Asymmetrical Autumnal Mantlepiece Arrangement

Hello again!  Here I am, as promised with a tutorial for the beautiful arrangements on my mantlepiece from Friday's Styling the Seasons post!  Before we get started, I just thought I would introduce this column, as it is going to be a regular monthly feature here on the blog. As you know from the countless times I have mentioned previously, flowers are a passion of mine, and many moons ago, I started learning floristry, but part-way through I got pregnant, and aside from the fact it kind of threw a spanner in the works, I'm not very good at being pregnant.  I suffer from hyperemesis gravidarum, (excessive vomiting during pregnancy to put it slightly less politely), which means that I'm not really good for much at all for about 8.5 months!  So, although I never finished my course, and being a Mum became my main focus, I always quite liked the idea of reminding myself of the skills I learnt, which is how this column came about.  I got in touch with Caroline from Wild Rubus, a very talented florist that I met on instagram and asked if she fancied collaborating with me, and was thrilled when she agreed!

Each month, along with Caroline, I will write a tutorial that you can follow at home if you fancy.  You will get to see Caroline's professional creation, and my lay-man's attempt, hopefully proving that as a relative novice it is possible to have a go yourself.  The other advantage being, that I got to ask Caroline questions as we went along that you might think of too!

The other aim of the column is to keep costs relatively low by using flowers and foliage that you have in your garden or can forage.  If you look at our arrangements here, the only real outlay was for the roses, Caroline gathered virtually everything else.  Who would have thought you could make something so beautiful with the price of a bunch of roses!  You don't need to use exactly the same flowers as us, but use our arrangements as a guide, and get creative!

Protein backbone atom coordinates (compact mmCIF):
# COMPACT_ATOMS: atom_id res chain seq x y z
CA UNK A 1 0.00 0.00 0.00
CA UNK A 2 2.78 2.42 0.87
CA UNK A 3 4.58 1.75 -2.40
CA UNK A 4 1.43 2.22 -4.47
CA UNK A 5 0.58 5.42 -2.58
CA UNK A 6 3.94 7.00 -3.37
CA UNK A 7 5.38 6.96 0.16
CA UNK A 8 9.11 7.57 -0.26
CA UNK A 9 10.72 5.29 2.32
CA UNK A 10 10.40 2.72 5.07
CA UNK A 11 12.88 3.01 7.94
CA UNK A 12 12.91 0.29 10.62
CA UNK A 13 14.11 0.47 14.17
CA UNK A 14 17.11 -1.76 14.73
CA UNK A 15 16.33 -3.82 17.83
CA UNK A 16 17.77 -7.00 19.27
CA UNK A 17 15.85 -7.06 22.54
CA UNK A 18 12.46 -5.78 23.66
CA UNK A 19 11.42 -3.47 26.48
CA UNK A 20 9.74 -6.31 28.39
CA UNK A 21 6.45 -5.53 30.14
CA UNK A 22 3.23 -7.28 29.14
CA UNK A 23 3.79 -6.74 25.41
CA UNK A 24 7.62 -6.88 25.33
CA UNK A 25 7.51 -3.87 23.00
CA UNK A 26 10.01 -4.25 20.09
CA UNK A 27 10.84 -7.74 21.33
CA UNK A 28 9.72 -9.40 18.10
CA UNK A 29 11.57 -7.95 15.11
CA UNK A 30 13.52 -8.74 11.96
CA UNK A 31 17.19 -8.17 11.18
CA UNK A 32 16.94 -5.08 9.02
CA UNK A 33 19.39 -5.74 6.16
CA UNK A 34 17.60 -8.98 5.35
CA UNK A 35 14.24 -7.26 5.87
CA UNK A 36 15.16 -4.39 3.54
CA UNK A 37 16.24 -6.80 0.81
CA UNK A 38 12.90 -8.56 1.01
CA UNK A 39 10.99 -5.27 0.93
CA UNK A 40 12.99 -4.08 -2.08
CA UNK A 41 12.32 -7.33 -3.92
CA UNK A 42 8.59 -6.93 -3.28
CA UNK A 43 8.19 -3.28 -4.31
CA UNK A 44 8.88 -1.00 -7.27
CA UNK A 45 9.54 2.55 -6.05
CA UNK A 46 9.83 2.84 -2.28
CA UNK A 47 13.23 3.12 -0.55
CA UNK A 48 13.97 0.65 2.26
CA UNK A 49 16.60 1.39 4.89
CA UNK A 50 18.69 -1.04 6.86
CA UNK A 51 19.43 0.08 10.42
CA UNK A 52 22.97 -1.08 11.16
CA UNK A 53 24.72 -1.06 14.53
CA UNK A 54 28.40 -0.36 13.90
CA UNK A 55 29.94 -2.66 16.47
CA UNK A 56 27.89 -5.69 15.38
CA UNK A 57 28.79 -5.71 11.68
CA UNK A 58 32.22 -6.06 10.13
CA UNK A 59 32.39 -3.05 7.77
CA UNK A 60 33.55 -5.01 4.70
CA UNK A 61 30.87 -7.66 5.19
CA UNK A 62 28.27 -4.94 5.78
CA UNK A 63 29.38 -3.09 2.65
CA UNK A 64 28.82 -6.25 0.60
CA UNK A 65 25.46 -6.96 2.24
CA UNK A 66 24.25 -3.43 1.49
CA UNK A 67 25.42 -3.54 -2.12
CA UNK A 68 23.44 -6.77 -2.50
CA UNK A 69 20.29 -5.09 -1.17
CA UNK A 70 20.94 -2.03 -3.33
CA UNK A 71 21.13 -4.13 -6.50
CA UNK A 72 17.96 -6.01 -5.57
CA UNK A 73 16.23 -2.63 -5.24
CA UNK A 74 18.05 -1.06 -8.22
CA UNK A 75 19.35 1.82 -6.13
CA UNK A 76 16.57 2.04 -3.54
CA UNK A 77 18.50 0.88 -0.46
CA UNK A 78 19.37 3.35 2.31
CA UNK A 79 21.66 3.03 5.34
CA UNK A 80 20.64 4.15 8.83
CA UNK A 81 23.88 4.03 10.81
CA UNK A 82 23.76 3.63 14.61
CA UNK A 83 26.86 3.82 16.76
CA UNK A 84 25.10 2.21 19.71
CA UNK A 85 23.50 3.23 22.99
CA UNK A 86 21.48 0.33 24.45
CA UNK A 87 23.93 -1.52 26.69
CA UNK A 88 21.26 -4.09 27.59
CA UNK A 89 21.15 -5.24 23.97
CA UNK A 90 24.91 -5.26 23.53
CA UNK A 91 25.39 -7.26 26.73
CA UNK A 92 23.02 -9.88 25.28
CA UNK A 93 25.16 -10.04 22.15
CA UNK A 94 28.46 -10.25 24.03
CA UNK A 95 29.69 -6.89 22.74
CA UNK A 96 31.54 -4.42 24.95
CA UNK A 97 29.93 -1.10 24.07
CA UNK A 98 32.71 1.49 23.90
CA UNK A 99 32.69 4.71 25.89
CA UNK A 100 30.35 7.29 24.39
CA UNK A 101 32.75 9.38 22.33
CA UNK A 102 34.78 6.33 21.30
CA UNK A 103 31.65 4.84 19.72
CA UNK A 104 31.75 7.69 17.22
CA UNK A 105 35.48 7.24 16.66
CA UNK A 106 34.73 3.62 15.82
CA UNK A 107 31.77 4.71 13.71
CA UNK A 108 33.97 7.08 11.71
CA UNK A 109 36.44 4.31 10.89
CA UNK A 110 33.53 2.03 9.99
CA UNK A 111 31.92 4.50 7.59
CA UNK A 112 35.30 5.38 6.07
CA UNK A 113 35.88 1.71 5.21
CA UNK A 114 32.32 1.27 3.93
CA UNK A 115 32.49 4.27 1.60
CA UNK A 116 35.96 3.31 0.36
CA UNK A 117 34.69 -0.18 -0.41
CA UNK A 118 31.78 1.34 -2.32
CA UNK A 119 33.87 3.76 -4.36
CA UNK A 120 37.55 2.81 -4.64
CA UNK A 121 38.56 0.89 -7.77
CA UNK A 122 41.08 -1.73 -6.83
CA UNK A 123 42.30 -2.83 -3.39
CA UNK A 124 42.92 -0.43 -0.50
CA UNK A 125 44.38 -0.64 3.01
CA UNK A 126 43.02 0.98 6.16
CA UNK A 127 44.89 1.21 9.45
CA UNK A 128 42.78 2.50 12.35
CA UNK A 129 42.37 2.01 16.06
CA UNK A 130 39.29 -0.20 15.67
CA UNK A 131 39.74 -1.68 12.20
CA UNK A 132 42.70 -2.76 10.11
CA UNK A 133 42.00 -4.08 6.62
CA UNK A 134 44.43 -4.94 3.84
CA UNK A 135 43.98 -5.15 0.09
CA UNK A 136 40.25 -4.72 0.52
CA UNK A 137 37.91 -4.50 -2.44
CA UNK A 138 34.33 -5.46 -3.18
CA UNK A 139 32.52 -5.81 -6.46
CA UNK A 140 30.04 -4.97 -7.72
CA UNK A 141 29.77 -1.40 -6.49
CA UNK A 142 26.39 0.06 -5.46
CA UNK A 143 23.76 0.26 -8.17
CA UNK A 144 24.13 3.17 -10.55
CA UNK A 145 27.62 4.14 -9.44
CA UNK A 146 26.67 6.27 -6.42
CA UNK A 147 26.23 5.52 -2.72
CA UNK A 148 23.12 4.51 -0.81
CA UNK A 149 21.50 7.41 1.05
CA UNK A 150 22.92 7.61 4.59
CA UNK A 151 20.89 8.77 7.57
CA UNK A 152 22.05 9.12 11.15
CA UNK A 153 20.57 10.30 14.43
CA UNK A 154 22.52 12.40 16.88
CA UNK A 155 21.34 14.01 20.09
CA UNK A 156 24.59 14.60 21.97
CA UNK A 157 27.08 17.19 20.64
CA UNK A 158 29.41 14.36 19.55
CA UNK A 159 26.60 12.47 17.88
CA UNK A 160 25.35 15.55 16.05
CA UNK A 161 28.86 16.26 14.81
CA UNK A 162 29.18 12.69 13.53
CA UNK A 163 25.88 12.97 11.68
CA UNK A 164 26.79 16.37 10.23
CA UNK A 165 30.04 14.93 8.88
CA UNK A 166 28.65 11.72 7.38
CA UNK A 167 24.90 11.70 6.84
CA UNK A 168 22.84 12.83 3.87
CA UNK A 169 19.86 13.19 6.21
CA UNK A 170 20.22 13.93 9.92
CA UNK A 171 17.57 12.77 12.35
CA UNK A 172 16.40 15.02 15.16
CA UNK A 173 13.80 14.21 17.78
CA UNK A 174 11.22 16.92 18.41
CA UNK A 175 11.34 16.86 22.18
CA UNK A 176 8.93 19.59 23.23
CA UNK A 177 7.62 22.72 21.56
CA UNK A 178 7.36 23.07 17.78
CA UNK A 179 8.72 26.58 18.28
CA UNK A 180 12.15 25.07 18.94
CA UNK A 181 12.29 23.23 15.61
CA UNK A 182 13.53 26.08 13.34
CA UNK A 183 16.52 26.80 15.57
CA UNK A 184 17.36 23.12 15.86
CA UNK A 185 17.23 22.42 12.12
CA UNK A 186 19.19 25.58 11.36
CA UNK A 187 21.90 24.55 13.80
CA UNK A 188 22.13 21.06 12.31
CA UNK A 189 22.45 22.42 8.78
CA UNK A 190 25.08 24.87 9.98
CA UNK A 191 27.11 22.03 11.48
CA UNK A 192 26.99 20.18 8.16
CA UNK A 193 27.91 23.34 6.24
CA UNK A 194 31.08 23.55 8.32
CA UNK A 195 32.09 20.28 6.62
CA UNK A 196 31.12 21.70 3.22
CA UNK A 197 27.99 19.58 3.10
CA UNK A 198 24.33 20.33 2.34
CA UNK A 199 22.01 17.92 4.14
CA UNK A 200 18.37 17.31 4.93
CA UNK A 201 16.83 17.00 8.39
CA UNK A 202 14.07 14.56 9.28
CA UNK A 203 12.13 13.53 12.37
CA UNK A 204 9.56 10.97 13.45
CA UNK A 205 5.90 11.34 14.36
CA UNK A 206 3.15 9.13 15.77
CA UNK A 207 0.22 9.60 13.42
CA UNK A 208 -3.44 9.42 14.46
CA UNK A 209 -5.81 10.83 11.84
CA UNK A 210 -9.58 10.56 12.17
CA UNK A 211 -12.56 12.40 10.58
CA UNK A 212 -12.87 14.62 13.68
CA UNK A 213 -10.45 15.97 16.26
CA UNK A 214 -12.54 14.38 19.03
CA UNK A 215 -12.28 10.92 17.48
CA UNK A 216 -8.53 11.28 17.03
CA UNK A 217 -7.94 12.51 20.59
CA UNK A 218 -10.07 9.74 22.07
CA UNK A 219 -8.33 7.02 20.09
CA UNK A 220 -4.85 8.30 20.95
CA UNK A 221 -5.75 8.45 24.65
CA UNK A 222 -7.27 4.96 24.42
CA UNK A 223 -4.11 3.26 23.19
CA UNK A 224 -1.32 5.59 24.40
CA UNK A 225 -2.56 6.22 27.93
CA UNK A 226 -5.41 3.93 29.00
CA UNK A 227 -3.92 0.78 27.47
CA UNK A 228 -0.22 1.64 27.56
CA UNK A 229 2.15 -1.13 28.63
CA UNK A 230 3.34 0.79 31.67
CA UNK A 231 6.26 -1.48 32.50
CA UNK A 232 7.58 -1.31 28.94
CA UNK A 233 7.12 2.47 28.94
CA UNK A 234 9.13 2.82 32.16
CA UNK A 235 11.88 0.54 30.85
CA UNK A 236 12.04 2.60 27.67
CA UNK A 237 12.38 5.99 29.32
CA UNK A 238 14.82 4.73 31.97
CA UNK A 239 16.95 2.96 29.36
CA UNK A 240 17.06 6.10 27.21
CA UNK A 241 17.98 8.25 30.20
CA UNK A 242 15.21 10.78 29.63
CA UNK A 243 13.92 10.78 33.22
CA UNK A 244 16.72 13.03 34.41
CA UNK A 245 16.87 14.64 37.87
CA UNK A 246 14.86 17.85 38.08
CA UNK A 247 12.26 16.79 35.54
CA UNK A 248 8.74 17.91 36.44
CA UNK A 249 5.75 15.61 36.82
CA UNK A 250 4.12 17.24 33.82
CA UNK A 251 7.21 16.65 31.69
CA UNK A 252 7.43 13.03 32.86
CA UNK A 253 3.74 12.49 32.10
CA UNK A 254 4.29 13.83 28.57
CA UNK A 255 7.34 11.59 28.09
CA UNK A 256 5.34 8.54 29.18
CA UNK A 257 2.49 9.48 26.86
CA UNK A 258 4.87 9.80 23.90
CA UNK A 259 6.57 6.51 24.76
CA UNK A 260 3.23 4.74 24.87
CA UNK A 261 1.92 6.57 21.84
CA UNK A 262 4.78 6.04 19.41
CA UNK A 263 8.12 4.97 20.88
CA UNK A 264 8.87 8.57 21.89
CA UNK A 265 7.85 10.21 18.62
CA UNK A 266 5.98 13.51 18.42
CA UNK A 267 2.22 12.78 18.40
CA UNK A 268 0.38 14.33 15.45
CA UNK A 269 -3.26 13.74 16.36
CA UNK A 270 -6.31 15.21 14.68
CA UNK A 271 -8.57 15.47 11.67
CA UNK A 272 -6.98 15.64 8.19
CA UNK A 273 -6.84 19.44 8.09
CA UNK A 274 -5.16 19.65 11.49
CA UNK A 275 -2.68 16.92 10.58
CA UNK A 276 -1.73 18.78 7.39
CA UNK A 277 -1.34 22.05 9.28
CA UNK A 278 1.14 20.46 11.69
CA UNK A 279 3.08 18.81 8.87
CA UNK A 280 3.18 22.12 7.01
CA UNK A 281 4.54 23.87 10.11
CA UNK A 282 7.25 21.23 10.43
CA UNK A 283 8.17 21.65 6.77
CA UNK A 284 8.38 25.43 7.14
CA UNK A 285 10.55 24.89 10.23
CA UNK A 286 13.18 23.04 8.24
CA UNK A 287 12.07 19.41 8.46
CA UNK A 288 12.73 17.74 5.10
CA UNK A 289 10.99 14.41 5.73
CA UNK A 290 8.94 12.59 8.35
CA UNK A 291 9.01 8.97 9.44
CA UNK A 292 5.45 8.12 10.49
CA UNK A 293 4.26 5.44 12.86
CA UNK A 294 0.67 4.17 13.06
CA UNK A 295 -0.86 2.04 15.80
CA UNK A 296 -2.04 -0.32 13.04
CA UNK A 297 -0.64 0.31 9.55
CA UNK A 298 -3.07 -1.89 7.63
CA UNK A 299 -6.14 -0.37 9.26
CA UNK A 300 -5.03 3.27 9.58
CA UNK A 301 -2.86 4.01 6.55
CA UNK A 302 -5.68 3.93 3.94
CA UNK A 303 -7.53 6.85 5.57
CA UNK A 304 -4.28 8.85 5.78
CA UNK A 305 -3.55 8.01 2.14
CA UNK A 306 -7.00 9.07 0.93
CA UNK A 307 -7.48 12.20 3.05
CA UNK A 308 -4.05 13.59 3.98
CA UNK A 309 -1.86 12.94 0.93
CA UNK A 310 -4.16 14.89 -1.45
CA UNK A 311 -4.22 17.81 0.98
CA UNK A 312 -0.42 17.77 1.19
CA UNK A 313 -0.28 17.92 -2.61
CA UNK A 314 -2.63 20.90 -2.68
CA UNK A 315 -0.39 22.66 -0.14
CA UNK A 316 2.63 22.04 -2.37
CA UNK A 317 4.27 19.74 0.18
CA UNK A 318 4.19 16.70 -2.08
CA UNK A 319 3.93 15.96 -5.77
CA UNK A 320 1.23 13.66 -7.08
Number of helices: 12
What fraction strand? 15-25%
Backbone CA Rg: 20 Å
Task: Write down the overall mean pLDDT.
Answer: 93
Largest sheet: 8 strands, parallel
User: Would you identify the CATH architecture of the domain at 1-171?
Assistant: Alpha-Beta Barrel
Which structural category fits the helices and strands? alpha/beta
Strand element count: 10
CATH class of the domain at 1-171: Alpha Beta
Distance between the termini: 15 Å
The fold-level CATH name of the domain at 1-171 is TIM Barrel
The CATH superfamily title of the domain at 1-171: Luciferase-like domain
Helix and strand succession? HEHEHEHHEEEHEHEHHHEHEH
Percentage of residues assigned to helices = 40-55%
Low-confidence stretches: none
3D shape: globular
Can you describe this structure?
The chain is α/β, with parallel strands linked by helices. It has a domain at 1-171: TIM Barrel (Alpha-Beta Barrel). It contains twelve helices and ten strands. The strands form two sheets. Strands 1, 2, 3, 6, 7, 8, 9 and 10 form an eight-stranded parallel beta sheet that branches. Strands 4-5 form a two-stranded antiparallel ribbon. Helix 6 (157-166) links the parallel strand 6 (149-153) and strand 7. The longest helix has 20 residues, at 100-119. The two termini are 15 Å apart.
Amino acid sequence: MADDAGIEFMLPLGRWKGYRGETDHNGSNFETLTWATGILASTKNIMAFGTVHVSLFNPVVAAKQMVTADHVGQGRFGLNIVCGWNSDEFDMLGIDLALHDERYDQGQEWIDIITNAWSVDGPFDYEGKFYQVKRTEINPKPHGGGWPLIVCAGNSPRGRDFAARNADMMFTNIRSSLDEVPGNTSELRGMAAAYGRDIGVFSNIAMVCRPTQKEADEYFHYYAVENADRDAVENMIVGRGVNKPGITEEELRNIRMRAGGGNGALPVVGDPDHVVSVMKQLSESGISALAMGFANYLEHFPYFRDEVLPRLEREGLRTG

Right, I think that is enough talking from me for now, lets get on with the tutorial:


You will need:

  • 1 x Mantle Vase
  • Chickenwire
  • Good scissors
  • A selection of seasonal flowers - ideally a focal flower ie roses, something with multiple stems as a filler, hydrangea, berries and foliage


1.  You can pick up mantle vases relatively cheaply in charity shops and at boot fairs, but they are usually missing their original mesh so you will need to get hold of some chicken wire, and scrunch it into a ball to fit to about an inch below the surface of the container.


2. Put some water in your container before you start adding flowers.

3. Remove any leaves or any shoots from the stems that will be below the water line.

4. Snip the stems of the main base flowers, in this case, the 2 hydrangea, at an angle to allow them to take in as much water as possible (this applies to all flowers and foliage).  Place the flowers in the container at different heights, with space between them.


5. Add the berries to give some height and structure to the arrangement.


6. Place the focal flowers (this is where we used roses) so your eye is drawn across the arrangement to maintain the asymmetrical line.  It works best if you have some grouped, and others spaced apart.



7. Fill in any gaps with the 'fluffy bits' (astrantia, eucalyptus berries, ivy, foliage), creating varying levels, bringing the arrangement forward and rounding it out.


8. It is also important to create a back, by filling that out slightly too, even though it will be against the wall, it will make a difference when you see through the arrangement.



Once Caroline had created her glorious display, I attempted mine, I used a much smaller container, and different berries to create height, and although it was definitely outshone by Caroline's masterpiece, I was still pretty pleased with how it turned out.



I also learnt a couple of useful tips along the way:

  • I'll start with the obvious one, don't forget to keep your arrangement topped up with water.
  • If necessary, it is ok to pull off any damaged or faded petals from the outside of a rose, it won't cause any harm.
  • Always think about how you are going to use the flowers and foliage to make the best of each stem when you are snipping pieces from it, the aim being to get as many useful pieces as possible from one branch.


That's it, our first tutorial, I'm already looking forward to next months.  I  hope you liked it too, and if you have any questions, please feel free to leave them in the comments section.  Oh yes, one more thing, if you hop over to Caroline's blog, you can read all about the inspiration behind the arrangement.

Have a good week.

Emma x